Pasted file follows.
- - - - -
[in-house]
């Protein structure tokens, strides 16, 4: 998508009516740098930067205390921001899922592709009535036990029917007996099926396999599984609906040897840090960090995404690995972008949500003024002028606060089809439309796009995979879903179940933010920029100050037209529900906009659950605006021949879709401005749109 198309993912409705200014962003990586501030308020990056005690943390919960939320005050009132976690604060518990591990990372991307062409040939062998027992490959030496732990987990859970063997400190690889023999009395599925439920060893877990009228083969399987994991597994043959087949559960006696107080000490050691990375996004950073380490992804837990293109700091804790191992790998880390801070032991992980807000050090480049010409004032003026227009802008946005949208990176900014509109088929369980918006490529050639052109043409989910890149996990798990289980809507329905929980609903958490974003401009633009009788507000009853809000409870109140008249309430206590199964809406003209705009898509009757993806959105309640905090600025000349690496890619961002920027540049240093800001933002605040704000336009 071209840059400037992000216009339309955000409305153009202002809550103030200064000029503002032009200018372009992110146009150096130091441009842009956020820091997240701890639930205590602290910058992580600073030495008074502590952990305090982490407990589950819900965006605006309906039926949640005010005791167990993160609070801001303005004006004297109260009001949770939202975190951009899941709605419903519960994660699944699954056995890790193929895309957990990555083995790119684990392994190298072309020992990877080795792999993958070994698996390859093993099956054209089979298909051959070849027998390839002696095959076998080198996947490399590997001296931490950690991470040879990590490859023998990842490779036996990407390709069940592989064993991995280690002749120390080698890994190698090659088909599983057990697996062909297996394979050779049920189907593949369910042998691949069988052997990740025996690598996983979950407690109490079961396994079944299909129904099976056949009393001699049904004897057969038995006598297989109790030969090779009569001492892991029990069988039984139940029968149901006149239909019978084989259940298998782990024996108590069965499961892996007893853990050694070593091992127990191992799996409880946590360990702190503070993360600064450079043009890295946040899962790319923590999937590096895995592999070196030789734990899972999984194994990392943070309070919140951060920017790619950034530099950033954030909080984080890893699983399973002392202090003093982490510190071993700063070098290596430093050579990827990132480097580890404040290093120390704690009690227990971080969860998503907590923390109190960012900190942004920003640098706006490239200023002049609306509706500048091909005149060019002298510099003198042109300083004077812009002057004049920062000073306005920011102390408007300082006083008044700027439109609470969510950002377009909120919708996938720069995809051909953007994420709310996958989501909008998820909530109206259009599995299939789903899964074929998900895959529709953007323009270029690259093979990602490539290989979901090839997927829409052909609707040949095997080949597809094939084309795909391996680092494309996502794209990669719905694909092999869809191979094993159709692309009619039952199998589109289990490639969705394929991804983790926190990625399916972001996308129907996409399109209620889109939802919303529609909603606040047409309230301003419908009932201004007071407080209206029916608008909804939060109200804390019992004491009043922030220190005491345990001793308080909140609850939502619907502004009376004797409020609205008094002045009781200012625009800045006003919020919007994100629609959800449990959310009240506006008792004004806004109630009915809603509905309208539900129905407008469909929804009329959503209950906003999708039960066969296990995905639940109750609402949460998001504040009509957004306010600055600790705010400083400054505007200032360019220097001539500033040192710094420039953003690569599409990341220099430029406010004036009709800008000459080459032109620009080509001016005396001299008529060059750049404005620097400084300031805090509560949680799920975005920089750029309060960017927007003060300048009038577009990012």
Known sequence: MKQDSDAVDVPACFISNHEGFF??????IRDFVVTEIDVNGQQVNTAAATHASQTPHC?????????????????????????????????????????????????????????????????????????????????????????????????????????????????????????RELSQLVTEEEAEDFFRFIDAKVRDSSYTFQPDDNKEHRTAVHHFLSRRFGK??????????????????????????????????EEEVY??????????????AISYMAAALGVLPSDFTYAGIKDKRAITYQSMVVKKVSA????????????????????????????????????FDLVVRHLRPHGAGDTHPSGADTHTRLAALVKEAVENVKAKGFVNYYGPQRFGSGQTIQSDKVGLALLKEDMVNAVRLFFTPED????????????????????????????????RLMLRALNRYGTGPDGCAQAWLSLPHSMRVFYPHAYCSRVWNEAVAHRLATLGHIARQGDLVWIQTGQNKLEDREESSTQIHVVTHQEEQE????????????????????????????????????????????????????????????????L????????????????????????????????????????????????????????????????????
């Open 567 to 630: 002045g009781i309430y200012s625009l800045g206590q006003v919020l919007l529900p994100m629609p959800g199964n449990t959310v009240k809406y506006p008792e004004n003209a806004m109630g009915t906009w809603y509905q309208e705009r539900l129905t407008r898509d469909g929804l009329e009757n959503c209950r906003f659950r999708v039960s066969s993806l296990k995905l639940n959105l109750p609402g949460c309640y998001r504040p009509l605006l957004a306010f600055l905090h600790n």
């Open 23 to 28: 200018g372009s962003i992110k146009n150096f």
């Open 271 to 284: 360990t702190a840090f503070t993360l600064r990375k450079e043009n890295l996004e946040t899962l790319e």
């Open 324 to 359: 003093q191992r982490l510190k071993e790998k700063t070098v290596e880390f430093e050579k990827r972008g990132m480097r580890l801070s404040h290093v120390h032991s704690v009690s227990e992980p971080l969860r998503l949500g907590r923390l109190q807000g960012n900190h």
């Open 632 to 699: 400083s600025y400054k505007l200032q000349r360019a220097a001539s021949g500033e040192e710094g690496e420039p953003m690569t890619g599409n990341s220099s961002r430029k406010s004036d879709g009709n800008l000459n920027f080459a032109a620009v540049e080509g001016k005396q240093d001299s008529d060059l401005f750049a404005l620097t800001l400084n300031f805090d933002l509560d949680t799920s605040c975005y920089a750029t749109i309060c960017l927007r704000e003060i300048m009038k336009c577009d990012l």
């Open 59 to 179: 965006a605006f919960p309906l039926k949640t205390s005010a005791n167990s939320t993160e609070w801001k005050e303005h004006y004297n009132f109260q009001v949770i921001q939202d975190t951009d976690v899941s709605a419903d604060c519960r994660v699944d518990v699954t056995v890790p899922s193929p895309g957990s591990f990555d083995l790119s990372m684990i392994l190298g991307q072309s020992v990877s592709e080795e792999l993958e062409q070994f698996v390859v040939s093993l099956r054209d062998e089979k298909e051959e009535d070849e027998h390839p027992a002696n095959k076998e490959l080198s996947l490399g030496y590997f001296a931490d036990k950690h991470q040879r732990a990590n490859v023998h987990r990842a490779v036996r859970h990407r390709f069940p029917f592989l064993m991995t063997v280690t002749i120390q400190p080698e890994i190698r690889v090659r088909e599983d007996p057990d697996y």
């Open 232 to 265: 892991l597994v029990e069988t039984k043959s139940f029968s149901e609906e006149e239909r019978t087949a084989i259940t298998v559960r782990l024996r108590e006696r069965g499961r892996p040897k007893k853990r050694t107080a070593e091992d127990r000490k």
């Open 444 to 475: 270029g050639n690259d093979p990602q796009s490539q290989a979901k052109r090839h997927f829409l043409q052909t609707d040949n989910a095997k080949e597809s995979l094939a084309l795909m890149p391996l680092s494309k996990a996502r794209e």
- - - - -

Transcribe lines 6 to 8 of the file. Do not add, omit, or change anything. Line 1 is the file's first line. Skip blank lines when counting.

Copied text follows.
């Open 271 to 284: 360990t702190a840090f503070t993360l600064r990375k450079e043009n890295l996004e946040t899962l790319e």
């Open 324 to 359: 003093q191992r982490l510190k071993e790998k700063t070098v290596e880390f430093e050579k990827r972008g990132m480097r580890l801070s404040h290093v120390h032991s704690v009690s227990e992980p971080l969860r998503l949500g907590r923390l109190q807000g960012n900190h």
């Open 632 to 699: 400083s600025y400054k505007l200032q000349r360019a220097a001539s021949g500033e040192e710094g690496e420039p953003m690569t890619g599409n990341s220099s961002r430029k406010s004036d879709g009709n800008l000459n920027f080459a032109a620009v540049e080509g001016k005396q240093d001299s008529d060059l401005f750049a404005l620097t800001l400084n300031f805090d933002l509560d949680t799920s605040c975005y920089a750029t749109i309060c960017l927007r704000e003060i300048m009038k336009c577009d990012l």